It is not unusual in many car accident lawsuits for the defendant to be someone with whom the plaintiff is close. In some cases, the defendant is even a household member - a spouse, a parent or grandparent.
The point in these injury cases is not necessarily to collect damages directly from that individual (though in theory, you could). Rather, the goal is to collect damages from the defendant's insurance company. The reason the relative or close friend is named is because injury claimants in Connecticut cannot sue the insurance company directly. Instead, as the accident lawyers at The Law Offices of Mark E. Salomone & Morelli can explain, the plaintiff must first prove the named party/insured was in fact liable for the accident, and therefore, the insurance company will be compelled to pay.
But in a recent case before the Utah Supreme Court, one woman is fighting for the right to sue herself for her own negligence that resulted in her husband's death in a single-car auto accident. Courts across the country are closely watching the developments in Bagley v. Bagley, which could impact how the judges handle such cases in the future.
The court will be asked to decide whether the woman can play dual roles - both plaintiff and defendant - in the case. She argues she should be allowed to do so because in her plaintiff role, she is not acting as herself, but rather as personal representative of the estate of her husband. Defense, meanwhile, argues that under no circumstances should a person be able to sue themselves for negligence, as this serves as incentive to at-fault drivers.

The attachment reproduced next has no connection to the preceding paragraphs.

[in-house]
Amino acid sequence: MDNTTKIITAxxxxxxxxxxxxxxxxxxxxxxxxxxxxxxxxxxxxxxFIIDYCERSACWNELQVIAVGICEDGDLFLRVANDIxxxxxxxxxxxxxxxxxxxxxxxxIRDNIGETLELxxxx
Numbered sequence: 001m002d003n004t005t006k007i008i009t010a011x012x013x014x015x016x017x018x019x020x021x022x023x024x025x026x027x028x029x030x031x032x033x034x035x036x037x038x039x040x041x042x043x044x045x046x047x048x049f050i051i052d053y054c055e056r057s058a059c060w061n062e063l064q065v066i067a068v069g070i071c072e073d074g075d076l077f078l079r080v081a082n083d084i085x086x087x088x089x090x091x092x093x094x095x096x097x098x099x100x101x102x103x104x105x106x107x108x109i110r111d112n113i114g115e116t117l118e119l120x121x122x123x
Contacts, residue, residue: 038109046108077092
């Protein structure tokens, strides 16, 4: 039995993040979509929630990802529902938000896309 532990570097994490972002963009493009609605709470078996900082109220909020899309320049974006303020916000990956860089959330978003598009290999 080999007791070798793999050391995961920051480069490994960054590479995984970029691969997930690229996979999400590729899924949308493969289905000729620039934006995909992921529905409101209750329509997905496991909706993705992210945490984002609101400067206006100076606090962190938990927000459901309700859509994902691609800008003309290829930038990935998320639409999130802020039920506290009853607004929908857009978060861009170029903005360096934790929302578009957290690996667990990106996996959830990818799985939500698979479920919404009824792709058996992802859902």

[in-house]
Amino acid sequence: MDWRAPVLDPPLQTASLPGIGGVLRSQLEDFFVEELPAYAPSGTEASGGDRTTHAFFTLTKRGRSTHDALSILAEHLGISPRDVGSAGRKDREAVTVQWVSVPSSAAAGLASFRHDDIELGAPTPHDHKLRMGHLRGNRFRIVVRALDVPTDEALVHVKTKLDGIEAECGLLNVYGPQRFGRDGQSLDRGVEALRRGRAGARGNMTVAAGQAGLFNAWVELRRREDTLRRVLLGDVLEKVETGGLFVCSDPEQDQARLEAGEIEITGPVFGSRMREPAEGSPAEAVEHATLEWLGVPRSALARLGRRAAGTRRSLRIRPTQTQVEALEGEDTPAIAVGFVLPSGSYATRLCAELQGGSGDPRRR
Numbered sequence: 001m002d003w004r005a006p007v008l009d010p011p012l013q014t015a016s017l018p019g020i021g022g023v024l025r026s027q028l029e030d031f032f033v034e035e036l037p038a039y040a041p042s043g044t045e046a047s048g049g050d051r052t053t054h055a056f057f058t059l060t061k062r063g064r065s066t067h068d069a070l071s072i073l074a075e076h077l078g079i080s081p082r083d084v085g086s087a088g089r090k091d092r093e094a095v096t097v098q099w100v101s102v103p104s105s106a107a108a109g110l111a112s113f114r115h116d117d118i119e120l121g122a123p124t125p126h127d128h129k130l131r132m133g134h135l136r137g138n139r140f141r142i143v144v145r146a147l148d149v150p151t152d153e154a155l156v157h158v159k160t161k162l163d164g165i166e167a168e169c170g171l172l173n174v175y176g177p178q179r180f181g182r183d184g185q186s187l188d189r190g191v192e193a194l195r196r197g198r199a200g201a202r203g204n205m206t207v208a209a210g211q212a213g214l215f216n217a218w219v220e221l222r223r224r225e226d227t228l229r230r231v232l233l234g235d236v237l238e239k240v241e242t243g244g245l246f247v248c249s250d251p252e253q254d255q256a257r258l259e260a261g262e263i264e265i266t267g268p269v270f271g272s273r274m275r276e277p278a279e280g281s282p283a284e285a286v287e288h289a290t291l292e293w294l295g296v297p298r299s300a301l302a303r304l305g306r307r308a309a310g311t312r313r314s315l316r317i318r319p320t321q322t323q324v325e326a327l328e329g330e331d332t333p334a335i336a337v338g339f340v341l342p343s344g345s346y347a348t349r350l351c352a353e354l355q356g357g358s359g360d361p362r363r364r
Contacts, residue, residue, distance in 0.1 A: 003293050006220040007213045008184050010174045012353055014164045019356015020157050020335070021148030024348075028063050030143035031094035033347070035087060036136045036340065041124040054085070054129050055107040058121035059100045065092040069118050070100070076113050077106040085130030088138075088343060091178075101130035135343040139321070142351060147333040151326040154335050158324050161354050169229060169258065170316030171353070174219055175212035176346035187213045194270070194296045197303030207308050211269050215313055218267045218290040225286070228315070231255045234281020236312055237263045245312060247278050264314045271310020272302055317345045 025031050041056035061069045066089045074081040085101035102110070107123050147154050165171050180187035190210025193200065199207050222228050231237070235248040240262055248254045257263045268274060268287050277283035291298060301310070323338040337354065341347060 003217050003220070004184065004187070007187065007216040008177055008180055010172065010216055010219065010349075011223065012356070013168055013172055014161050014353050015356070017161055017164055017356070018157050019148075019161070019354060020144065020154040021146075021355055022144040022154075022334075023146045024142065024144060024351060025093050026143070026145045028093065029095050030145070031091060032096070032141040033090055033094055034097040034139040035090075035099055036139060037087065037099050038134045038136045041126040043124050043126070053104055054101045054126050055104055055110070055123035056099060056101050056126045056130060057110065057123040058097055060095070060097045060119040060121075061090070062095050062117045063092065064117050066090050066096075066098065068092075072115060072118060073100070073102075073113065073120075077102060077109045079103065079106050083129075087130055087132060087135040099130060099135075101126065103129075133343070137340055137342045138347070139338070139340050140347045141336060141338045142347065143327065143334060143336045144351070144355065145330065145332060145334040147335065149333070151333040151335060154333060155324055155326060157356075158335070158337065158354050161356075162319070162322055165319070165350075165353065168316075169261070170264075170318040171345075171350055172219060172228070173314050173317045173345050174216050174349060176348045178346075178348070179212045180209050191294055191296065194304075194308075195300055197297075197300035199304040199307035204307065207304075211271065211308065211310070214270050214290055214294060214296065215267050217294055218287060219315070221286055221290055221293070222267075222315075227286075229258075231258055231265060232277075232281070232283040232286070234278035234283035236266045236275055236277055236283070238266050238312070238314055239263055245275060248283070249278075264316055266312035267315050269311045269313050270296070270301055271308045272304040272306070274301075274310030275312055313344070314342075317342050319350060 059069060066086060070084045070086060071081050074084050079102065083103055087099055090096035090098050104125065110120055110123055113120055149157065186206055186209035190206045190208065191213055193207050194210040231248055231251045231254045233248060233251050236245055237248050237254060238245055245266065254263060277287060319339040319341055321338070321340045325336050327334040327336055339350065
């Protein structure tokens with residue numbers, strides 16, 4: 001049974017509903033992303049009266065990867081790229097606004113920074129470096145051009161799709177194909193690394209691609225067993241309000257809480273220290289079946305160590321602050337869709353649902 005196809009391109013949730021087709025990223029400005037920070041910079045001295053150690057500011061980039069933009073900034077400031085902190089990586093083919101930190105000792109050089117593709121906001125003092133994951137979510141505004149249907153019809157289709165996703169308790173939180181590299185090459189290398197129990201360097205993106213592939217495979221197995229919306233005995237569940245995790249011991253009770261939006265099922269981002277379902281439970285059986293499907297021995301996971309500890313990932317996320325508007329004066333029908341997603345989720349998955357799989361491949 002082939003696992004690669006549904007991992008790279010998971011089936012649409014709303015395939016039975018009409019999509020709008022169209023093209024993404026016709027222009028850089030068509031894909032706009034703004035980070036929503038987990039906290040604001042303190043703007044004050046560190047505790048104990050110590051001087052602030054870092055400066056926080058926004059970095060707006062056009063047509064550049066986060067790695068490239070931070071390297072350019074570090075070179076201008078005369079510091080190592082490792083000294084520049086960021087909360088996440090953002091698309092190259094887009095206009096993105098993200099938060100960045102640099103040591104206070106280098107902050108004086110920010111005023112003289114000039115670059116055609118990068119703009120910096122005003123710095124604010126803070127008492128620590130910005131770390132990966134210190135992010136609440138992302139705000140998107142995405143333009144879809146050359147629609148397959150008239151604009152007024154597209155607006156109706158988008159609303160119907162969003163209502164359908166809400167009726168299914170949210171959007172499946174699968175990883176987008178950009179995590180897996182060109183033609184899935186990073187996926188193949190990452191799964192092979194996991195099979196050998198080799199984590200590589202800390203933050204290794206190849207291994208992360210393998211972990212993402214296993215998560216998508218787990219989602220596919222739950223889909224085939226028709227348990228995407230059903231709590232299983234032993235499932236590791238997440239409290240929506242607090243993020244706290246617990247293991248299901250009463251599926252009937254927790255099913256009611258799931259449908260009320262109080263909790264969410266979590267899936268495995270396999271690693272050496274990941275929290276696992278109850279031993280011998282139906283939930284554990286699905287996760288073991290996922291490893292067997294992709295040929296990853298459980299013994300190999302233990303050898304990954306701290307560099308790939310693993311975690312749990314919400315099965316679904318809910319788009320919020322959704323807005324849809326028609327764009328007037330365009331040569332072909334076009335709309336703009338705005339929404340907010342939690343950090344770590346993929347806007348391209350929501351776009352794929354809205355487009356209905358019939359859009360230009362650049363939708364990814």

According to news reports of the case, the woman was driving through the desert with her husband when she lost control of her Range Rover. The sport utility vehicle flipped, and her 55-year-old husband was thrown from the car, suffering ultimately fatal injuries.
Plaintiff alleges in her lawsuit that she failed to maintain a proper lookout and keep proper control while she was driving, and that this negligent action resulted in the unnecessary death of her husband. She seeks compensation of medical expenses, funeral expenses, loss of past and future financial support and compensation for the physical pain her husband suffered before his death, more than a week after the crash.
As plaintiff, she is represented by a private injury lawyer, while as defendant, she is represented by her car insurance carrier.
Car insurance carrier attorneys have argued the case should be dismissed, reasoning that jurors are going to be highly confused when asked to determine how much money the woman should pay herself. They also assert that the claim is contrary to Utah law, and allowing someone to sue themselves could incentivize fraud.
An attorney representing the woman in her plaintiff's capacity alleges that yes, on the face of it, Utah law prohibits someone from suing themselves. However, he said plaintiff is technically another entity - not herself - as personal representative of her husband's estate. The question of damages is not before the state high court and he argues there is nothing in the law that expressly precludes this kind of action. It's a valid cause of action, her attorney argued.
Justices have taken the matter under consideration and plan to issue a ruling in the next several months.
This case represents something of a rarity in personal injury law. What is far more common is to bring action against loved ones. In either case, it's important to note the point is not pursuing financial compensation from that person directly, but rather for the insurance companies that are responsible to cover damages for which their insureds are liable.
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